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October 10, 2014
Battle for property at Mesopotamia gets ugly

The battle for possession of a property in Mesopotamia, took a nasty turn early Wednesday morning, when the current occupant of the house was jolted out of his sleep by the sound of shattering glass.

The house in contention, situated adjacent to the magistrate’s court, was bought by Stephen {{more}}DaSilva and business partner Clinton Samuel, two Vincentians living in the USA, about six months ago, after the property was put on the market by the St Vincent Building and Loan Association.

However previous owner, Thomas “Chippy” Browne, refuses to leave.

When SEARCHLIGHT visited the property shortly after midday on Wednesday, we observed that several of the house’s window panes had been broken.

We spoke with 86-year-old Browne, who was adamant that he is still the owner of the property and noted that there is, “perhaps a little balance owed to the Building and Loan,” for the property.

He explained that Joseph DaSilva, who is his next door neighbour, has been hostile towards him over the past six months, claiming that the property had been bought by his brother.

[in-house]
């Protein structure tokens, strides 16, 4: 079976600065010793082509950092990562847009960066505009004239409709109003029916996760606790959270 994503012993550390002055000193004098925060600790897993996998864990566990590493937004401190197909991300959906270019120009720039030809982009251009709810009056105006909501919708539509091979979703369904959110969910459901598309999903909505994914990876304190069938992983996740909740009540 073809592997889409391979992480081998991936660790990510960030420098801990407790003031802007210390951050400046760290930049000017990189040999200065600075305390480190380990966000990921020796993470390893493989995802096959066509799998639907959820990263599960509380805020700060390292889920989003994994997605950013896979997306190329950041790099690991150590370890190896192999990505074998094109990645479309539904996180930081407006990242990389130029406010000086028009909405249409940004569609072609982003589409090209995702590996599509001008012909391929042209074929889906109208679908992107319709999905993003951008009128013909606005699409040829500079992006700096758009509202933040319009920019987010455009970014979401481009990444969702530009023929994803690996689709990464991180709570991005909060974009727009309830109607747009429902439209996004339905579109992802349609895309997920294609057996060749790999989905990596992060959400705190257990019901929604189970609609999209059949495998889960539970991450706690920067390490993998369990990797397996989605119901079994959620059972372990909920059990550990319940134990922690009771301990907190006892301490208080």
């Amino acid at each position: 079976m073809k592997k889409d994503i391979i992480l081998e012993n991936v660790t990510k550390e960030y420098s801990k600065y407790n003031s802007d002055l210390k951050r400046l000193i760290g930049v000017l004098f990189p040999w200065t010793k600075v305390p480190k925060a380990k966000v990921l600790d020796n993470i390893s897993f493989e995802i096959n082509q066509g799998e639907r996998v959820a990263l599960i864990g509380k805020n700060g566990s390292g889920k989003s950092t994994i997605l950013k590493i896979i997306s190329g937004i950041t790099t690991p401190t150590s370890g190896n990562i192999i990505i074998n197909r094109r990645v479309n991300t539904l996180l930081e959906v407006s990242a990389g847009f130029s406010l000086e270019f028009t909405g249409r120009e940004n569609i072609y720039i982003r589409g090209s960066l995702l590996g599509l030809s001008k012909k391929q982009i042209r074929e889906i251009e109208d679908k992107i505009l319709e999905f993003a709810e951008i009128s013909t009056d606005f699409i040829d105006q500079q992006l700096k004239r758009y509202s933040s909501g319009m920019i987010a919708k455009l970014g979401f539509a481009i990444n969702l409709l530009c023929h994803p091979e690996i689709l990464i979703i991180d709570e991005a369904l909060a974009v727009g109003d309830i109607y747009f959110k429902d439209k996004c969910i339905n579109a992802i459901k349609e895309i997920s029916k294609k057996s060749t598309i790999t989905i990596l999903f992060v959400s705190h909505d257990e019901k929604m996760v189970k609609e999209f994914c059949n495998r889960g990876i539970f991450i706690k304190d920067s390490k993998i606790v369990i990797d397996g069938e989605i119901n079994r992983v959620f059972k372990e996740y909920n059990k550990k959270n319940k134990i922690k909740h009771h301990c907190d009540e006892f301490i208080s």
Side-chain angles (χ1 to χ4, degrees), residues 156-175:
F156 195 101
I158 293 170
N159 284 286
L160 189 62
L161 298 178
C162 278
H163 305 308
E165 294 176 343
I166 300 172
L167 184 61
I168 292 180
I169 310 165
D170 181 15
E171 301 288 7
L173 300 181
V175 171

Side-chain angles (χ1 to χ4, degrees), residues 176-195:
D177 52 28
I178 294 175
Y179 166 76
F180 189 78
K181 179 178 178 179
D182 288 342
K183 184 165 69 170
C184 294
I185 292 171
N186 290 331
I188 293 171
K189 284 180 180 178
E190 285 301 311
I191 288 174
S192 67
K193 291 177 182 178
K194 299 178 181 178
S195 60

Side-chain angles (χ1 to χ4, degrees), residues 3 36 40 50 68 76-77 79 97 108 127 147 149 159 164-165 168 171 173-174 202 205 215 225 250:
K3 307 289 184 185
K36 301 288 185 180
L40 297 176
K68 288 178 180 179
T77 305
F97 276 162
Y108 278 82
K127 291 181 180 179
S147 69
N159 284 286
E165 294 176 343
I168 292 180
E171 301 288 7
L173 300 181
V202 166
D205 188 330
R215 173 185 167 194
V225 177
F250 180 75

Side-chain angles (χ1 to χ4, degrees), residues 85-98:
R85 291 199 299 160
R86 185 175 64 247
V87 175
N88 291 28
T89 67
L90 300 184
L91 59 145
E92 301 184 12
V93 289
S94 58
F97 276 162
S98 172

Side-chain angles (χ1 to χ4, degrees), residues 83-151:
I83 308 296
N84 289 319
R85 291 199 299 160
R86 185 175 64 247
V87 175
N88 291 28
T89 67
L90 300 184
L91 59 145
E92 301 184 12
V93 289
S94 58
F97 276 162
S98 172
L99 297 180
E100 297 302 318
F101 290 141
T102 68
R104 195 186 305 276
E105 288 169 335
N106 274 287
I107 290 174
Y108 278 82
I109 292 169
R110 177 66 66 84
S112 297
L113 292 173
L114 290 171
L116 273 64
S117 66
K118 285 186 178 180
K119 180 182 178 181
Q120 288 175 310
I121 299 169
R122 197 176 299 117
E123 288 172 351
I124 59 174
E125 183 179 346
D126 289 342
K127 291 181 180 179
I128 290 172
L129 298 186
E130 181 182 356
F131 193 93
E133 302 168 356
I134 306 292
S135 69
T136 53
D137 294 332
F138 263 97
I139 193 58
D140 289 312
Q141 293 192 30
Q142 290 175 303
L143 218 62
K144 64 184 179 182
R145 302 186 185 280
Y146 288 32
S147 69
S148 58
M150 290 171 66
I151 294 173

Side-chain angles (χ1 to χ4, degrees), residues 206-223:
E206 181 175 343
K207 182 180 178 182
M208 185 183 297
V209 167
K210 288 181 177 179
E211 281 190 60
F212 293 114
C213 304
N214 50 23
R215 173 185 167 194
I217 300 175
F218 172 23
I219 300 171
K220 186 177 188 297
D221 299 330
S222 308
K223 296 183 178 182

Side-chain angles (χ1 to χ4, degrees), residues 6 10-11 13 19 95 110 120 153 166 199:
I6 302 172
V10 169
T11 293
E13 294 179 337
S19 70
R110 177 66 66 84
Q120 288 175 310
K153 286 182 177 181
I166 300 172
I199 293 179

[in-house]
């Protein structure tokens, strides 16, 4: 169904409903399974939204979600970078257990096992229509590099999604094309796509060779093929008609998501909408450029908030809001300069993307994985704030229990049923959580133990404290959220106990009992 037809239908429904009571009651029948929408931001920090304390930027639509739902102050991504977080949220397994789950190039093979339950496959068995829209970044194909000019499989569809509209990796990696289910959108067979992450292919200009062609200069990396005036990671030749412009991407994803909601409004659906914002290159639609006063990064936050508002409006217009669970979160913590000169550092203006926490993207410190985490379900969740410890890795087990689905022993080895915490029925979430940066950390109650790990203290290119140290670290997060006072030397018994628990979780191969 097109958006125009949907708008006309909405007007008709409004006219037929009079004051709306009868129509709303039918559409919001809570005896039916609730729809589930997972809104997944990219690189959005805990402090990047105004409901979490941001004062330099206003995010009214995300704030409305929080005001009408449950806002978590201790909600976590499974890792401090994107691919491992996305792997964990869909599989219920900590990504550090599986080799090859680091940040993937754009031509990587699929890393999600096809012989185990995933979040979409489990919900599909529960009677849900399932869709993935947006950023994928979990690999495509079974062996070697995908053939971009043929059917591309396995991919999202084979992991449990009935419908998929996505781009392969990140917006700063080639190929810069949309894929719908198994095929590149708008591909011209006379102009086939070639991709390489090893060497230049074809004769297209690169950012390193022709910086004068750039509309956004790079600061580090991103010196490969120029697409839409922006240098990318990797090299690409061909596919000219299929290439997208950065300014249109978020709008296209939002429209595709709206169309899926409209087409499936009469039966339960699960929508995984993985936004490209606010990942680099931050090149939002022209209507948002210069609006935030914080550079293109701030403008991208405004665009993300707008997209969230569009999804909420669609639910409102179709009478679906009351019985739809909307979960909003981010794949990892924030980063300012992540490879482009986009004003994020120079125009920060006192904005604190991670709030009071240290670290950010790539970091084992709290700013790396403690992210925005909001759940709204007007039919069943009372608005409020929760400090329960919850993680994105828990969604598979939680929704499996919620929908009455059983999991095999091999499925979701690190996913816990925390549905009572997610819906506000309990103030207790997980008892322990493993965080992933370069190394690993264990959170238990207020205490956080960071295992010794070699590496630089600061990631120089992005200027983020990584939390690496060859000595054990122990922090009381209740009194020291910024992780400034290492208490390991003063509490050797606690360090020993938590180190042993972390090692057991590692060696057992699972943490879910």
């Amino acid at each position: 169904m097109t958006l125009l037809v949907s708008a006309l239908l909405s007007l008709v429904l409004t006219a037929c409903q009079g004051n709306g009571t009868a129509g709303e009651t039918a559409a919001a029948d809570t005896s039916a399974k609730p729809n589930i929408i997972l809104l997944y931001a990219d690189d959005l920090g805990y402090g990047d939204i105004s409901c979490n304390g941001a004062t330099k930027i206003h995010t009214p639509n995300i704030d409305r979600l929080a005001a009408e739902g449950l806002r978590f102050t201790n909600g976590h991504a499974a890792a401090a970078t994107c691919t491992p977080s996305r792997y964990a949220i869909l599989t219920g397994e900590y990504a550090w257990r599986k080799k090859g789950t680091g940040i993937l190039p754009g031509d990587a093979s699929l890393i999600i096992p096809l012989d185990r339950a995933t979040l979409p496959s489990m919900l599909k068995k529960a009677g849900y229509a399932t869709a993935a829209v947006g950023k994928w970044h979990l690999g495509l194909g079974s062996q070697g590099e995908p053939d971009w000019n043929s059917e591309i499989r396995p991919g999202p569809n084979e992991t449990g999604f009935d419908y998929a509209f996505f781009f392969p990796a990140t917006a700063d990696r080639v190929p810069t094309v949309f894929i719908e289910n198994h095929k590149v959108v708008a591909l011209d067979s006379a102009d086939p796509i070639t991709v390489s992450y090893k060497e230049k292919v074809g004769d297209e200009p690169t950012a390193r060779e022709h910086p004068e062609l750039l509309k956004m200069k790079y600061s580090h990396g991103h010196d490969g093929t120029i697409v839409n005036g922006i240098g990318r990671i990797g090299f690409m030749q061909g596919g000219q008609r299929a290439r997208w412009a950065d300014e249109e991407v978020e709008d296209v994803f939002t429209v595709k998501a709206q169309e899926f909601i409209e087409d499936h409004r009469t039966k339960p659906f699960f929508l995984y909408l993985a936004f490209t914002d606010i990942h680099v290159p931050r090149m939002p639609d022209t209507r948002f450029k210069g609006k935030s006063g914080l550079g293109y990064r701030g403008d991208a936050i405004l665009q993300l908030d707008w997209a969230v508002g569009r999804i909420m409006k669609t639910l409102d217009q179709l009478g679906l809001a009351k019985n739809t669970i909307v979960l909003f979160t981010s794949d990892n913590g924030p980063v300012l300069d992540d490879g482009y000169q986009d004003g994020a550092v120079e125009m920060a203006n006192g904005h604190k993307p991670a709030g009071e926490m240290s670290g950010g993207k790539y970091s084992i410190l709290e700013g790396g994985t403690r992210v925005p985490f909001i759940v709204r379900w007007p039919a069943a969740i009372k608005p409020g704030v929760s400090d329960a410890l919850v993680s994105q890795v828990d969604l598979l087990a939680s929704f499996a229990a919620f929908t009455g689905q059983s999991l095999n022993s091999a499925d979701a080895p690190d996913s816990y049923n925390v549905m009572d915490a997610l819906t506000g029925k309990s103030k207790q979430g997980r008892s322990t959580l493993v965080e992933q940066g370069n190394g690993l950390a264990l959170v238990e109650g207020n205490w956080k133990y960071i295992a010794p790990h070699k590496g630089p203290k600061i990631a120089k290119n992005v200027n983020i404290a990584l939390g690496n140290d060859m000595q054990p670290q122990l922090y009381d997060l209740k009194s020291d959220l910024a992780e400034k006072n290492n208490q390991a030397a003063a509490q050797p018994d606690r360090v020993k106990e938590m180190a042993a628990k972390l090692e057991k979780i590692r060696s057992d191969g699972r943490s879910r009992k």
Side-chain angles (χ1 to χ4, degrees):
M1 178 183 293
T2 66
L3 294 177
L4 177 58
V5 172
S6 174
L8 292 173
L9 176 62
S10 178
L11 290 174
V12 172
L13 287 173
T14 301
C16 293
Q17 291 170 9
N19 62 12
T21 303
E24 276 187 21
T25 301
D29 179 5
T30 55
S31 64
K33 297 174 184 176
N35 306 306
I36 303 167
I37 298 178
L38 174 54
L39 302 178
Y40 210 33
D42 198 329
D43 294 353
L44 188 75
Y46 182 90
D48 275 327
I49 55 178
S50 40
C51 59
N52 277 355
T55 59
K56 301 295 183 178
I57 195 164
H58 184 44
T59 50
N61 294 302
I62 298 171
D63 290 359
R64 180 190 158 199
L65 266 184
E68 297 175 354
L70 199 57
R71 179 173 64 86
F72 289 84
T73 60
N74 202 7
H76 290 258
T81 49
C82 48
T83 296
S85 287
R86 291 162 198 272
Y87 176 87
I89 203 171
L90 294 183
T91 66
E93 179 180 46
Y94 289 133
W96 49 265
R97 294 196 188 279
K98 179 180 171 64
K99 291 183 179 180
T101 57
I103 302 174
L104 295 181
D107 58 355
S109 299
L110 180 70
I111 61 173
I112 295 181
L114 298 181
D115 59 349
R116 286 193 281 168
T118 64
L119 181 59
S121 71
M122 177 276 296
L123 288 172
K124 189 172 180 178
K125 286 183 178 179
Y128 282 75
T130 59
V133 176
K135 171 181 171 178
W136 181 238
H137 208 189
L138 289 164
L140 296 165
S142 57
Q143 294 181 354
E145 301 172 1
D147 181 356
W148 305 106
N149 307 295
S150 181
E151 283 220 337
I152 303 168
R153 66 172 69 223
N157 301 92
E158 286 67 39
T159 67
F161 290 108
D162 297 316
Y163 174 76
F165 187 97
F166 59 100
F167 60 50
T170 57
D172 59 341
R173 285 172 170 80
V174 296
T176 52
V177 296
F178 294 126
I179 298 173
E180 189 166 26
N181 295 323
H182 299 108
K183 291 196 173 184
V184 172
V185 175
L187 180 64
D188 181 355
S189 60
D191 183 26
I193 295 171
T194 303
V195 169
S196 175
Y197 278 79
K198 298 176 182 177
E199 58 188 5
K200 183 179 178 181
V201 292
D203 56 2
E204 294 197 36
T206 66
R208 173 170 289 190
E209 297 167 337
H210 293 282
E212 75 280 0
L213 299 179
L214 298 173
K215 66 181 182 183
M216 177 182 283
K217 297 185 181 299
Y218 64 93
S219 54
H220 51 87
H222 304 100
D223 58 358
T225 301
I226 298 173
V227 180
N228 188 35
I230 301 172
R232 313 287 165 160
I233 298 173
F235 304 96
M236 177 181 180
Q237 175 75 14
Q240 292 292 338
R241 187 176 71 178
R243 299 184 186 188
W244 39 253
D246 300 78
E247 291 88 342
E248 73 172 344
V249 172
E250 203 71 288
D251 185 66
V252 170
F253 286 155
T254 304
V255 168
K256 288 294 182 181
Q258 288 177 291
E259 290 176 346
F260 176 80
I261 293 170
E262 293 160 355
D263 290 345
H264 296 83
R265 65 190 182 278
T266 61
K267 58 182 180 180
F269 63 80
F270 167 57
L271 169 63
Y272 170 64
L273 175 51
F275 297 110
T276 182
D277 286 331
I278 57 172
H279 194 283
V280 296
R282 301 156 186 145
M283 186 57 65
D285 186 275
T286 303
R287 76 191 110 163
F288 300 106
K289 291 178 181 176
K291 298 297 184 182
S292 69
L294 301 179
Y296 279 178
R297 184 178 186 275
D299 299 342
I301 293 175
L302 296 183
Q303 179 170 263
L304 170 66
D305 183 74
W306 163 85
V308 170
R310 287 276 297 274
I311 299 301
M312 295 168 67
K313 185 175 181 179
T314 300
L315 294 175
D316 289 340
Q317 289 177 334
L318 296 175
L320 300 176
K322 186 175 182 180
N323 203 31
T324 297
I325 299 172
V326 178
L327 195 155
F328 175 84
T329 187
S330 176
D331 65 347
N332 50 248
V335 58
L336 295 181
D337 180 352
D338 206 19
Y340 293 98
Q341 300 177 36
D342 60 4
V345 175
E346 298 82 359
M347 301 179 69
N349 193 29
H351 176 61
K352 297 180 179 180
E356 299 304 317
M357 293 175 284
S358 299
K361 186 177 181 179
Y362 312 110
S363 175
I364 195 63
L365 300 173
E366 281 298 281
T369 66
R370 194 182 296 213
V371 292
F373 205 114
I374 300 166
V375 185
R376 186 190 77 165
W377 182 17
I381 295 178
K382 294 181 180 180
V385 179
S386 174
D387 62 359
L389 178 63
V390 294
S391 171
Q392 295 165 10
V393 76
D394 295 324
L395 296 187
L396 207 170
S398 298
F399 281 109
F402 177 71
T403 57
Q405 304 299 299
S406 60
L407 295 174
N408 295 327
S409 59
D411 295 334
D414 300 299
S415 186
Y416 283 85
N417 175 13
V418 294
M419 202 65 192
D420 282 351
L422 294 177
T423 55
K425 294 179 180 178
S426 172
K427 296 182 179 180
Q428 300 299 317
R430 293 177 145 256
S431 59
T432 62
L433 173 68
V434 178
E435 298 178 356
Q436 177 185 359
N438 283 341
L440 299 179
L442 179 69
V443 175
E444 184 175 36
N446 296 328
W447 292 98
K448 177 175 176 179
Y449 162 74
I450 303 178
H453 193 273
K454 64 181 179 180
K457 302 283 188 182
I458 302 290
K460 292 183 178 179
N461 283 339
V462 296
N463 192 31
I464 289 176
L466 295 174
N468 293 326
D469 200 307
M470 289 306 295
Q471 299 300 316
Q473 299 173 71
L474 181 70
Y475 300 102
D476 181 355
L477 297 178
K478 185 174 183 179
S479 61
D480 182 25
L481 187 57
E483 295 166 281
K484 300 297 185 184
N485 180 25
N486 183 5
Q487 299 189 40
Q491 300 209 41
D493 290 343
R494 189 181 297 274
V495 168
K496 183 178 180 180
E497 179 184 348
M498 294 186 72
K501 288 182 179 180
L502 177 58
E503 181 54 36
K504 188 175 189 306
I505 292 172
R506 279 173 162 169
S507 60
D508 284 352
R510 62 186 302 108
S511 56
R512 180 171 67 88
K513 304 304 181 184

“Everybody will tell you how nice I have been, not only to Joseph, but the entire Marriaqua. My lawyer … assured me that everything is good with the property and Building and Loan, except I have a small loan for them,” Browne said.

Browne further told SEARCHLIGHT that he also has 12 acres of land which he could sell to pay off the balance at the Building and Loan.

“He DaSilva keep coming and talking about the property is his, although I told him my property is safe,” Browne said.

“Although he was told that I am the owner of this house, he (DaSilva) thinks they had made a bid for the house through the Building and Loan.”

Browne’s caregiver, Gloria “Sonya” Nanton, said she reported for duty at about 6 p.m. on Tuesday, accompanied by her son.

“My son left after some time and after I close up, I put on the lights in the porch and the rest of the house. I checked on Mr Browne, gave him something to drink and went back into my room and dozed off,” she said.

According to Nanton, she woke up at about 4 a.m. and went to the living room to check to make sure everything was alright.

“I draw the curtain. I ain’t see nobody and I take off the light. I go in the bathroom and when I was coming back and walking towards Mr Browne’s door, I hear bangalang, bangalang (description of the sound she heard), stone pelting and thing mashing up,” Nanton recalled.